• TN-08: The state GOP chairman had to step in, weary-parent-style, to the squabble between Stephen Fincher and Ron Kirkland, saying that he loves them an equal amount. Actually, Chris Devaney said that they're both, as far as he knows, bona fide Republicans. (No mention of the primary field's red-headed step-child, George Flinn?) Today the battle between Fincher and Kirkland has already moved on to TARP, each trying to hang it around each other's necks despite neither one having voted for it. For fans who want more of this decidedly drama-filled primary, Reid Wilson had a thorough history of the race yesterday, focusing on why the NRCC has buddied up with Fincher so much.
• MI-St. Sen.: We always like to see state-based bloggers handicapping their state legislative races, as that's too far down in the weeds for even us know-it-alls at SSP to make educated guesses. Michigan Liberal's pbratt looks at the Michigan Senate - one of the few places where we're on the offensive this cycle, thanks to a whole lot of open seats - and foresees Dems falling just short, with 20-18 Republican control of the chamber after November.
• DGA: Also via press release, we've just gotten fundraising numbers from the DGA. While they aren't in the same league as the RGA (who've doubled up on the DGA in terms of both this quarter and cash on hand), it shows they're revving up for a huge gubernatorial year, too, with $9.1 million in the second quarter and $22 million CoH.
• AR-Sen: The Bill Halter campaign is looking for last minute phonebanking help to seal the deal. And you can do it from the comfort of your own home.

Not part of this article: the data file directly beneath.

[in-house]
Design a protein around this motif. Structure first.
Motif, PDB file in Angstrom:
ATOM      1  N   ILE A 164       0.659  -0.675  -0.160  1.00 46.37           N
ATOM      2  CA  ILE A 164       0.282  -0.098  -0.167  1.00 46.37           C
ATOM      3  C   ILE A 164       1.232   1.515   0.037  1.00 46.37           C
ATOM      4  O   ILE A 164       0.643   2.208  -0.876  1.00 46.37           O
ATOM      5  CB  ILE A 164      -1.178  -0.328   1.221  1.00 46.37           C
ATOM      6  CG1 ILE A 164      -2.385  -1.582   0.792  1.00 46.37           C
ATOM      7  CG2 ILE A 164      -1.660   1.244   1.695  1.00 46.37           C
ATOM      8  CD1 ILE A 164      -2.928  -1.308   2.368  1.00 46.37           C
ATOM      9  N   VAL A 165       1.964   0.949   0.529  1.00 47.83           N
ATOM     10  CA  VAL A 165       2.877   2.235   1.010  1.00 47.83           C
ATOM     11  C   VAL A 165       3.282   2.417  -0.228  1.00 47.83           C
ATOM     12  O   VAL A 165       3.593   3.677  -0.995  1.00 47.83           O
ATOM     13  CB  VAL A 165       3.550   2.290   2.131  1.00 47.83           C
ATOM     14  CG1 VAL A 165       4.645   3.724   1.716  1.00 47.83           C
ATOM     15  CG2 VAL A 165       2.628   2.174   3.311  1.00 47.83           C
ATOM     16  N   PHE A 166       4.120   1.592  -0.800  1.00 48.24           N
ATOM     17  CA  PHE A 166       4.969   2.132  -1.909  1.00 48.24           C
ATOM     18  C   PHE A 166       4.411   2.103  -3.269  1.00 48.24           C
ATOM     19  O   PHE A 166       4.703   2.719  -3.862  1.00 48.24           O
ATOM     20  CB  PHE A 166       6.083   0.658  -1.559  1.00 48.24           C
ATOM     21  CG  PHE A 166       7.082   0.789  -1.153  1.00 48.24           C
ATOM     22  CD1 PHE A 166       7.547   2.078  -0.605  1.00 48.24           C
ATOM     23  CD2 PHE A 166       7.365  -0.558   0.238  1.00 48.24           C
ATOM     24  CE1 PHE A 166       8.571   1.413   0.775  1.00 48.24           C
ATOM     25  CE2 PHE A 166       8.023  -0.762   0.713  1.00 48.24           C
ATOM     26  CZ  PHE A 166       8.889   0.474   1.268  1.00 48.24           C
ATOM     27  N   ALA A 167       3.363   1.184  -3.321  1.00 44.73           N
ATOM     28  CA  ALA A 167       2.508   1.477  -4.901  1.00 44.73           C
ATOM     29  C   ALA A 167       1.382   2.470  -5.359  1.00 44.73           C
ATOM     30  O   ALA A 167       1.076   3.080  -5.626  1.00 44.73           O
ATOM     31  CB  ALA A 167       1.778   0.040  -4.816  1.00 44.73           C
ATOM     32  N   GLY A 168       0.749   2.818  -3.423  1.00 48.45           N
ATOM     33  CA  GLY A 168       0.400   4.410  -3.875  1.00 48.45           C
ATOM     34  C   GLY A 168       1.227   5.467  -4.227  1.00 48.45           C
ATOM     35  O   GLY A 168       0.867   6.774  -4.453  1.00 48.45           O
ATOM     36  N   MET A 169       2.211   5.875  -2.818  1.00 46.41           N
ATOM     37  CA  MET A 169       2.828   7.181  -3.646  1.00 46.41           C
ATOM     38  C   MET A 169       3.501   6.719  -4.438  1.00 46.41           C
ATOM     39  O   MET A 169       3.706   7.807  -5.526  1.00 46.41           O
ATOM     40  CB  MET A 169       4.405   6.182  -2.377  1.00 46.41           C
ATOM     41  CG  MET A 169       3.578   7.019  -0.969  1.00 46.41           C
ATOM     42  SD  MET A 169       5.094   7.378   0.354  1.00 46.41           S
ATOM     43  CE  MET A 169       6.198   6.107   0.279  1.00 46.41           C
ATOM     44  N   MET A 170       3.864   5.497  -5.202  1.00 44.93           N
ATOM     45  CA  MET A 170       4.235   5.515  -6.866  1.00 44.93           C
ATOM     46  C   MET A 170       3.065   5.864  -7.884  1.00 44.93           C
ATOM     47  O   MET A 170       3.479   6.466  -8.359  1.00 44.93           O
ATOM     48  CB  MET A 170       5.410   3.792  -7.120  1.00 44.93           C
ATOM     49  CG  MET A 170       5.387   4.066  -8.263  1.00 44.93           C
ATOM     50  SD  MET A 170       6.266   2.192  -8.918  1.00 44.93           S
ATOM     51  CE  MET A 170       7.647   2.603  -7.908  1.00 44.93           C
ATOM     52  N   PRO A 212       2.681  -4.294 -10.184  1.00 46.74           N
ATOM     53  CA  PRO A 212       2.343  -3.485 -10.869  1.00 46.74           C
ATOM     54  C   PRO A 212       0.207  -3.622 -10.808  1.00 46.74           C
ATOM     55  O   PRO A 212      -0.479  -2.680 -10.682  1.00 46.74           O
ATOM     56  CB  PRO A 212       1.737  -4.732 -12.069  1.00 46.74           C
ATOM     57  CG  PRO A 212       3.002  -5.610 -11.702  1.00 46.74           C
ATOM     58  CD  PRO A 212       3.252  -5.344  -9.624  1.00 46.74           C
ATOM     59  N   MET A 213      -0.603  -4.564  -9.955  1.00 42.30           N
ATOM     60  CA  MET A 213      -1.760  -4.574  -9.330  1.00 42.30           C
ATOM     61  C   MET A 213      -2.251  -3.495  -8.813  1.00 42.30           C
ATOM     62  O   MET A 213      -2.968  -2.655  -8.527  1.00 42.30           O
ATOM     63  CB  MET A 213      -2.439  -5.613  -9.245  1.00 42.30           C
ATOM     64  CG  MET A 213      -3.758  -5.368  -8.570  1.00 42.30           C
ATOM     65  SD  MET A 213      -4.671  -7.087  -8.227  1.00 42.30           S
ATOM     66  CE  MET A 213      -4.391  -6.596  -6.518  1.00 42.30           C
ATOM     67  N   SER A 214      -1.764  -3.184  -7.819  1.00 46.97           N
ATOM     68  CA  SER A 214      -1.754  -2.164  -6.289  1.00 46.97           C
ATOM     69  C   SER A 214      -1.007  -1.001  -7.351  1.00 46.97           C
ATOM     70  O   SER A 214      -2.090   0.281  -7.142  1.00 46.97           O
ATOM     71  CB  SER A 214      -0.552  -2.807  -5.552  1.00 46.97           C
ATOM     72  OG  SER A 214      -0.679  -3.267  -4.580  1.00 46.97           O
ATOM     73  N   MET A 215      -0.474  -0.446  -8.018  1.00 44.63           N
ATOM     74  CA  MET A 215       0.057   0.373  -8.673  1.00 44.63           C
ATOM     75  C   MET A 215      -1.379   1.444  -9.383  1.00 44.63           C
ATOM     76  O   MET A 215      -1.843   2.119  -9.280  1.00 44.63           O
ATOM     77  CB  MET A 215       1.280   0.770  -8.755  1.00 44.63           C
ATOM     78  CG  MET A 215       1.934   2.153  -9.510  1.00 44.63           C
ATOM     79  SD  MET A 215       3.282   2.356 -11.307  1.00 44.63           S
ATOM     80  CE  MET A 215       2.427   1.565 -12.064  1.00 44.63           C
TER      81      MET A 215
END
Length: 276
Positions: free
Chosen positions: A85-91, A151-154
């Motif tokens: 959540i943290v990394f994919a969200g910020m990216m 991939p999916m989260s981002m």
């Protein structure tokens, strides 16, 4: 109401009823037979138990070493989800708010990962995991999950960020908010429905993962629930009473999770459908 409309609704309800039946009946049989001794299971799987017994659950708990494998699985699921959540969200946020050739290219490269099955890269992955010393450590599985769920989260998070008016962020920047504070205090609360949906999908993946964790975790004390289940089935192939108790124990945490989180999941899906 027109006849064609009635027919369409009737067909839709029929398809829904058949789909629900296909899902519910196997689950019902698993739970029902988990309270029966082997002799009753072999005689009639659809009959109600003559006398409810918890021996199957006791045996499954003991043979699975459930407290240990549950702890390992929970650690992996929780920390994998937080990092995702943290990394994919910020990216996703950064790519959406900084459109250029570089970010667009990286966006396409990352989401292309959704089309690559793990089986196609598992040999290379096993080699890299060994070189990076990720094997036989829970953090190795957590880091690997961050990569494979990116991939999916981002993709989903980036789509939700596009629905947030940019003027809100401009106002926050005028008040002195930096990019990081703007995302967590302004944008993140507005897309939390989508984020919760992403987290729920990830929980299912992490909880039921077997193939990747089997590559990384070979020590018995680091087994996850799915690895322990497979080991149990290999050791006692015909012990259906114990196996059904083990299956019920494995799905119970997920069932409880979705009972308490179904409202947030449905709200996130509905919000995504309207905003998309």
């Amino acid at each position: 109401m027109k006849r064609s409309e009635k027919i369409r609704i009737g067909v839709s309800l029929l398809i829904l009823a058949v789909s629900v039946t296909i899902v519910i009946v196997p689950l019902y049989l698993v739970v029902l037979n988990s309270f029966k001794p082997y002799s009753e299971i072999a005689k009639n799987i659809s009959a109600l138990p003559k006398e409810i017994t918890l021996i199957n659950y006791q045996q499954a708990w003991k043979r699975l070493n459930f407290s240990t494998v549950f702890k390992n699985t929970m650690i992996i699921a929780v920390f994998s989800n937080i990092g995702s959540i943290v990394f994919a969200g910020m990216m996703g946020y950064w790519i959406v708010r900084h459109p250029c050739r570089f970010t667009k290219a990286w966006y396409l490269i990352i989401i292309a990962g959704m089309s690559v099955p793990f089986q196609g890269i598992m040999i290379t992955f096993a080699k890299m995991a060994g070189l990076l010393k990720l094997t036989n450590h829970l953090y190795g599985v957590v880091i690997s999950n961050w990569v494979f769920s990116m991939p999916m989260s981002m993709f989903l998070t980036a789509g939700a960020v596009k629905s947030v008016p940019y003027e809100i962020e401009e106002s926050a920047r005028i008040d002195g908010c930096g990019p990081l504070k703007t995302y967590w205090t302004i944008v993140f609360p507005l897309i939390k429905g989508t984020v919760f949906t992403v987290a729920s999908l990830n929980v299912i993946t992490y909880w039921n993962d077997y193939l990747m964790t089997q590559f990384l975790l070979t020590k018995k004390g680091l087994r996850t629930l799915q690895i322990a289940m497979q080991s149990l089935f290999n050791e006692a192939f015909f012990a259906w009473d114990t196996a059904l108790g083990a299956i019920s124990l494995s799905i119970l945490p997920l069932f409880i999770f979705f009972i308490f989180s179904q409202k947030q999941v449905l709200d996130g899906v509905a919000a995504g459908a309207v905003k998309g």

• CA-Sen, CA-Gov (pdf): The Senate GOP primary portion of the Field Poll came out over the weekend, and it's right in line with the various other pollsters finding a last-minute Carly Fiorina surge into a double-digit lead. She leads Tom Campbell and Chuck DeVore 37-22-19. (Campbell led 28-22-9 in the previous Field poll in March.) Also, it looks like Campbell's last-minute ad pitch, centered around his electability, may fall on deaf ears: 42% of primary voters think that Fiorina has the best chance of beating Barbara Boxer, while 22% think that Campbell does (and 12% think that Chuck DeVore does -- which is also about the same percentage of Californians who believe there is a 1,000 foot high pyramid in Greenland). There are also primary polls out from Republican pollster Magellan (who don't have a horse in this race), who find things even worse for Campbell: they have Fiorina leading Campbell and DeVore 54-19-16. They also give a big edge to fellow rich person Meg Whitman in the gubernatorial race; she leads Steve Poizner 64-22. The unfortunate moral of the story here: have a lot of money.